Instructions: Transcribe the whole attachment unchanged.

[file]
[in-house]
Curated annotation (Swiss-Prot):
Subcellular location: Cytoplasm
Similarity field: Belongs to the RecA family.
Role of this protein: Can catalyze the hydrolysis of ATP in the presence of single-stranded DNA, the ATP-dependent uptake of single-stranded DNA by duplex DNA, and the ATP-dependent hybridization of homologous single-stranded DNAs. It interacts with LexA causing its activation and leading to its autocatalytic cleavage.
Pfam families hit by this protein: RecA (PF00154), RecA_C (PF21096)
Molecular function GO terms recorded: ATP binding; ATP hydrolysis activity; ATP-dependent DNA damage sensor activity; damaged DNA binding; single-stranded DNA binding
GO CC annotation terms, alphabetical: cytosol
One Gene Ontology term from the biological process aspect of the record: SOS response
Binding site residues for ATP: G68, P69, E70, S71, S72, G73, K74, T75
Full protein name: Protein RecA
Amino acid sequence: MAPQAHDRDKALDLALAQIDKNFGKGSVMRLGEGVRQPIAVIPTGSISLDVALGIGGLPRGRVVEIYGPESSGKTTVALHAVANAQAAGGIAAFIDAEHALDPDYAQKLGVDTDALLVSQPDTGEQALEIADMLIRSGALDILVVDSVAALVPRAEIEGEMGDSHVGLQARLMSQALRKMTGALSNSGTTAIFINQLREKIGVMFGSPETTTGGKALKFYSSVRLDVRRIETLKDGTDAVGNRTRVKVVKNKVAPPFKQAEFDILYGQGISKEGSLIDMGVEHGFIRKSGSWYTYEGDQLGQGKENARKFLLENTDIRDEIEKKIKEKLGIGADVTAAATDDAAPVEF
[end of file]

[in-house]
Curated annotation (Swiss-Prot):
Subcellular location: Cytoplasm
Similarity field: Belongs to the RecA family.
Role of this protein: Can catalyze the hydrolysis of ATP in the presence of single-stranded DNA, the ATP-dependent uptake of single-stranded DNA by duplex DNA, and the ATP-dependent hybridization of homologous single-stranded DNAs. It interacts with LexA causing its activation and leading to its autocatalytic cleavage.
Pfam families hit by this protein: RecA (PF00154), RecA_C (PF21096)
Molecular function GO terms recorded: ATP binding; ATP hydrolysis activity; ATP-dependent DNA damage sensor activity; damaged DNA binding; single-stranded DNA binding
GO CC annotation terms, alphabetical: cytosol
One Gene Ontology term from the biological process aspect of the record: SOS response
Binding site residues for ATP: G68, P69, E70, S71, S72, G73, K74, T75
Full protein name: Protein RecA
Amino acid sequence: MAPQAHDRDKALDLALAQIDKNFGKGSVMRLGEGVRQPIAVIPTGSISLDVALGIGGLPRGRVVEIYGPESSGKTTVALHAVANAQAAGGIAAFIDAEHALDPDYAQKLGVDTDALLVSQPDTGEQALEIADMLIRSGALDILVVDSVAALVPRAEIEGEMGDSHVGLQARLMSQALRKMTGALSNSGTTAIFINQLREKIGVMFGSPETTTGGKALKFYSSVRLDVRRIETLKDGTDAVGNRTRVKVVKNKVAPPFKQAEFDILYGQGISKEGSLIDMGVEHGFIRKSGSWYTYEGDQLGQGKENARKFLLENTDIRDEIEKKIKEKLGIGADVTAAATDDAAPVEF